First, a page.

Saturday 9 April 2011

Westoboro Baptist Church — lessons in lucrative offence

Four years after his first foray into the weirdly twisted unreality of the Westboro Baptist Church, Louis Theroux has been back, catching up with the Phelps' (what's left of them — they've had a number of defections) to see if they are still as committed to their extreme, fundamentalist ideology as before. It turns out they are, but now appear more organised, more media-savvy, more litigious and apparently just as crazy. The BBC documentary is currently available on YouTube (but may be pulled soon):

Part 1 of 4:

Part 2 of 4:
Part 3 of 4:
Part 4 of 4:

These people truly seem to be living in fantasyland, and though some of the cult members have left, the remainder appear just as committed as ever. Louis Theroux allowed them to self-condemn from their own mouths — as is his particular journalistic style — but nothing in this documentary gave cause for hope that the cult is on the wane. Particularly concerning is the continuing indoctrination of children, skewing their development in ways that will severely affect them for the rest of their lives.

The extremity of the Phelps' views has led some to speculate as to their genuineness. One such, El_Camino_SS, reports that "Fred Phelps is a Con Man". An article entitled "" lists a number of apparent facts about Fred Phelps:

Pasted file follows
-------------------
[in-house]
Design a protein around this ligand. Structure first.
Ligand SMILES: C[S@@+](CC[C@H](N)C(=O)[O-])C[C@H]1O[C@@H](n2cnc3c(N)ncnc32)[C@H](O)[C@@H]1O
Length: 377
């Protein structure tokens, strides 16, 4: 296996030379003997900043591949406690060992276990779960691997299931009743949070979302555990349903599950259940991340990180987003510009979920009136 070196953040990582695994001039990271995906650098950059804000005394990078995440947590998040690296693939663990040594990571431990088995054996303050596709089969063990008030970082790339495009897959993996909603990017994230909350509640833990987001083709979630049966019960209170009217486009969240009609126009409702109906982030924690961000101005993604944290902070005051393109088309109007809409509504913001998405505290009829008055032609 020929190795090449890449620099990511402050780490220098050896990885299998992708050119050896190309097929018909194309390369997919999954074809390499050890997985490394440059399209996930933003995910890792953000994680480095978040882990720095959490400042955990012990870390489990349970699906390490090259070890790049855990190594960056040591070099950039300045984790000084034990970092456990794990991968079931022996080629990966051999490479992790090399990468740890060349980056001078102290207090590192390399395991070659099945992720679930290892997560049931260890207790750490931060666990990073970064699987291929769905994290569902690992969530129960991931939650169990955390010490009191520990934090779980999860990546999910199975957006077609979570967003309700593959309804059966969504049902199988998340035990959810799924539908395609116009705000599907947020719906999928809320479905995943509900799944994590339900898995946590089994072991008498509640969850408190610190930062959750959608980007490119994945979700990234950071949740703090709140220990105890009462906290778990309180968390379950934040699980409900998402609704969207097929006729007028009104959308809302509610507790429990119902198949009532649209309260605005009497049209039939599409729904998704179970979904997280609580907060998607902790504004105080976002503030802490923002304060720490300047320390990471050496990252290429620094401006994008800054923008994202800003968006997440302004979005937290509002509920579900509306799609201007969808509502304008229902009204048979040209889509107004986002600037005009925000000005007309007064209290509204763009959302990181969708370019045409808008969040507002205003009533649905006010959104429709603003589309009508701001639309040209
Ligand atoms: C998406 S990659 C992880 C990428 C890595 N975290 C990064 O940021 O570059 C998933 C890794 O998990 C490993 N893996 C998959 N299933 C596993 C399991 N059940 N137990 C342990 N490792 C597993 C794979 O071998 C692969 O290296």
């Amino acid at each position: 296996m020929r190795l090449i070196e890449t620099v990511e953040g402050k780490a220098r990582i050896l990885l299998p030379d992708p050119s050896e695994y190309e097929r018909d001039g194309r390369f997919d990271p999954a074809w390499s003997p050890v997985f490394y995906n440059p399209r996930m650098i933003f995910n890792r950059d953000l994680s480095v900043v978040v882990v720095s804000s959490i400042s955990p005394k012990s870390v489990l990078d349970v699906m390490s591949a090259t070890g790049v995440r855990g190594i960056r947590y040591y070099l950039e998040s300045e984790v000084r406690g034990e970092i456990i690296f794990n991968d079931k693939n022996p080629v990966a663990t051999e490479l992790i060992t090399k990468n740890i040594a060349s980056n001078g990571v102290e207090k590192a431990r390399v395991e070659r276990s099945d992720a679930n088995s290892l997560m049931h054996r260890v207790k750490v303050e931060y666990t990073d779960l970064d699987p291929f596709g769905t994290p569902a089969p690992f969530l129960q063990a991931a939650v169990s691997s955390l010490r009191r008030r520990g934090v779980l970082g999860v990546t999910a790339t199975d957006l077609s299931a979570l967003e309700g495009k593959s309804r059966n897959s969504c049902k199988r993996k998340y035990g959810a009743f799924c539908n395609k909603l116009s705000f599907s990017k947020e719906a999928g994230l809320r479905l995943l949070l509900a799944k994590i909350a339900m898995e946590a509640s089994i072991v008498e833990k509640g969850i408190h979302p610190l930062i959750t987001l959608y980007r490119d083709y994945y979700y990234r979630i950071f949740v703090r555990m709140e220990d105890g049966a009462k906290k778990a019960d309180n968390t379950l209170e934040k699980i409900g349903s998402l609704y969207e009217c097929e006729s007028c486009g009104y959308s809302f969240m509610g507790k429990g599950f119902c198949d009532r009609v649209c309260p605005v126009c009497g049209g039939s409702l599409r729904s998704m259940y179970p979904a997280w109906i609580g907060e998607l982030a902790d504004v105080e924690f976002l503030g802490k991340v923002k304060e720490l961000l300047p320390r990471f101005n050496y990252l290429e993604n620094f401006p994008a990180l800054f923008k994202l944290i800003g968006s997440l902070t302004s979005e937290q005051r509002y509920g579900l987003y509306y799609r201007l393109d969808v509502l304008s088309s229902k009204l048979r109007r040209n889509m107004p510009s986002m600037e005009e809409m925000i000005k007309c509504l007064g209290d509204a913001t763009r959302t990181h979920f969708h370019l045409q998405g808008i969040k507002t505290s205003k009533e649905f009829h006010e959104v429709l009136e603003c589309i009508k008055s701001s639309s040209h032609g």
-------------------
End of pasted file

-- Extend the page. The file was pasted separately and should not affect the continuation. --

• He says God Hates Fags, God hates the US Govt., that God hates the US Military, God Hates you, and God justifies the killing of others.
    Phelps knows that saying 'God' and 'Hate' in the same sentence gets people worked up. He knows that. He knows that people have a knee jerk reaction to that.
  • He says that the US Govt. and the United States are evil.
    This is another hot button with people who love their country. It is intentional. It is designed to make you take a swing at him. He wants $50,000 from you. He wants a Powerball winner to swing at him so he gets 100 million dollars. It's that simple.
  • He goes after homosexuals, he goes after people who are making sacrifices. Phelps intentionally targets people that are being victimized, or good people doing their jobs to create more outrage. He kicks people when they're down. He does that so someone will come up and defend them. Then he will sue you.
  • His boards are laminated on hardwood, because he pulls them out of trucks at least five times a week. He also puts them in bright colors for attention, and makes absolutely sure that you can read them at all time. He's phishing you. Everyone must know that.
The thesis of the article is that the Wesboro Baptist Church is not interested in God, it's just interested in being as offensive as possible — within the law — in order to incite other people to break that law. Phelps will then sue for as much as he can get. Whether this is true or not isn't something that can be readily determined, but it's a hypothesis that seems to fit the known facts. What we need now, perhaps, is a proper test of that hypothesis.